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Vapor inhalation of cannabidiol (CBD) in rats.

  • Author(s): Javadi-Paydar, Mehrak
  • Creehan, Kevin M
  • Kerr, Tony M
  • Taffe, Michael A
  • et al.

Published Web Location

https://www.biorxiv.org/content/10.1101/659250v2
No data is associated with this publication.
Creative Commons Attribution-NonCommercial-NoDerivatives 4.0 International Public License
Abstract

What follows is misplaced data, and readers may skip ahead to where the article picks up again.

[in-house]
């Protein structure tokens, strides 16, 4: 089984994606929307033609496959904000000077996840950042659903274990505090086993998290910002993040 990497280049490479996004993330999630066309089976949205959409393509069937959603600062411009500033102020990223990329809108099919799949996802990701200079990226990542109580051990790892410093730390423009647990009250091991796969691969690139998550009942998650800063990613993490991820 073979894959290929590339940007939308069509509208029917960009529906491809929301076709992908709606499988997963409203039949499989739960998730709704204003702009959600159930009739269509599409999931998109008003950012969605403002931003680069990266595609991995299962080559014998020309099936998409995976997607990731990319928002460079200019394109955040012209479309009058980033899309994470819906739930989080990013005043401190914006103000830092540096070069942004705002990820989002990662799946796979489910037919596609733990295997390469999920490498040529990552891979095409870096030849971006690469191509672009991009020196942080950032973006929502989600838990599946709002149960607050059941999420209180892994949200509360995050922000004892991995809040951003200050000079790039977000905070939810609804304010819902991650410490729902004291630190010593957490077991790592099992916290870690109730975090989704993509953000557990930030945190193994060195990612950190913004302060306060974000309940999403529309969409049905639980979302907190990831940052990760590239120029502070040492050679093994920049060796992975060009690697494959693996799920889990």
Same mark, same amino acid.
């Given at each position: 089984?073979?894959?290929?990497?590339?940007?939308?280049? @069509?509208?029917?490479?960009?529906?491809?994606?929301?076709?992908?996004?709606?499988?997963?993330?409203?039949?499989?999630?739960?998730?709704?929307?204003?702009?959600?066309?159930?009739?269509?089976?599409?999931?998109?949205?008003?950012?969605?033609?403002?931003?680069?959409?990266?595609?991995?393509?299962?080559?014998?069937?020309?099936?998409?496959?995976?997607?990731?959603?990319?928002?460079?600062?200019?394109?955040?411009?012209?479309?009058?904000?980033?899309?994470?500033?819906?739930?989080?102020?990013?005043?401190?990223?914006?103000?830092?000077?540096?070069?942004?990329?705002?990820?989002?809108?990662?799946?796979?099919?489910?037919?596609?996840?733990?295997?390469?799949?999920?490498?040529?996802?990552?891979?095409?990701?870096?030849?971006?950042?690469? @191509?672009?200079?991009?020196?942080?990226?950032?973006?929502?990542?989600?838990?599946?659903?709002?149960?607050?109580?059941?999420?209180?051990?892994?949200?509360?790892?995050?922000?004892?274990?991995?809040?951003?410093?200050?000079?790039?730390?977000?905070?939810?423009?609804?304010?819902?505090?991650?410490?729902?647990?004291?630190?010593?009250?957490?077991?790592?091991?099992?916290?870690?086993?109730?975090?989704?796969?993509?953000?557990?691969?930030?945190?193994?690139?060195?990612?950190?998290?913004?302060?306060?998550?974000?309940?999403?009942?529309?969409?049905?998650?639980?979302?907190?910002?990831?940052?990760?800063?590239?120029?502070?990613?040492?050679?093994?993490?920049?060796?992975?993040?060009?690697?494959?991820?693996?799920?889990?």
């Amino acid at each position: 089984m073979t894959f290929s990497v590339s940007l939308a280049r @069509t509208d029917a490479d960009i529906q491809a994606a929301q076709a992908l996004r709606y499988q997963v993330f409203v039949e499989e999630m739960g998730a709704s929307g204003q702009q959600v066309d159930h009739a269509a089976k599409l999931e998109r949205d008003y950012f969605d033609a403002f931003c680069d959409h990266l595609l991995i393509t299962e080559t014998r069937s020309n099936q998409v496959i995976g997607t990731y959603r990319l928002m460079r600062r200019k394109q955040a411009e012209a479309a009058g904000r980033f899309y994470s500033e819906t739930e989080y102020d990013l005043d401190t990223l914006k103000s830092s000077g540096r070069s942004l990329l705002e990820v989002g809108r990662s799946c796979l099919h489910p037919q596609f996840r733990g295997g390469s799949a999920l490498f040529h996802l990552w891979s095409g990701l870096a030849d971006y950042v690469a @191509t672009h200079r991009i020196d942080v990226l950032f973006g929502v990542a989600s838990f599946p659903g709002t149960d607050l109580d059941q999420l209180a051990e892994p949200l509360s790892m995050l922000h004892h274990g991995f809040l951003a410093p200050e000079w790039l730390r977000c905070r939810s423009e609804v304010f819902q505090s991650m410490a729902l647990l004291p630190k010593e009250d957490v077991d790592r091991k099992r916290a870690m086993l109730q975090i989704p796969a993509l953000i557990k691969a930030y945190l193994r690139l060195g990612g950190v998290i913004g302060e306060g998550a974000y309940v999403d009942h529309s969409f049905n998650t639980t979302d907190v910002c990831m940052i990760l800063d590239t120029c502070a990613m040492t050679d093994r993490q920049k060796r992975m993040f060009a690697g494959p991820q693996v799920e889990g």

RATIONALE:Cannabidiol (CBD), a compound found in many strains of the Cannabis genus, is increasingly available in e-cigarette liquids as well as other products. CBD use has been promoted for numerous purported benefits which have not been rigorously assessed in preclinical studies. OBJECTIVE:To further validate an inhalation model to assess CBD effects in the rat. The primary goal was to determine plasma CBD levels after vapor inhalation and compare that with the levels observed after injection. Secondary goals were to determine if hypothermia is produced in male Sprague-Dawley rats and if CBD affects nociception measured by the warm water tail-withdrawal assay. METHODS:Blood samples were collected from rats exposed for 30 min to vapor generated by an e-cigarette device using CBD (100, 400 mg/mL in the propylene glycol vehicle). Separate experiments assessed the body temperature response to CBD in combination with nicotine (30 mg/mL) and the anti-nociceptive response to CBD. RESULTS:Vapor inhalation of CBD produced concentration-related plasma CBD levels in male and female Wistar rats that were within the range of levels produced by 10 or 30 mg/kg, CBD, i.p. Dose-related hypothermia was produced by CBD in male Sprague-Dawley rats, and nicotine (30 mg/mL) inhalation enhanced this effect. CBD inhalation had no effect on anti-nociception alone or in combination with Δ9-tetrahydrocannabinol inhalation. CONCLUSIONS:The vapor-inhalation approach is a suitable pre-clinical model for the investigation of the effects of inhaled CBD. This route of administration produces hypothermia in rats, while i.p. injection does not, at comparable plasma CBD levels.

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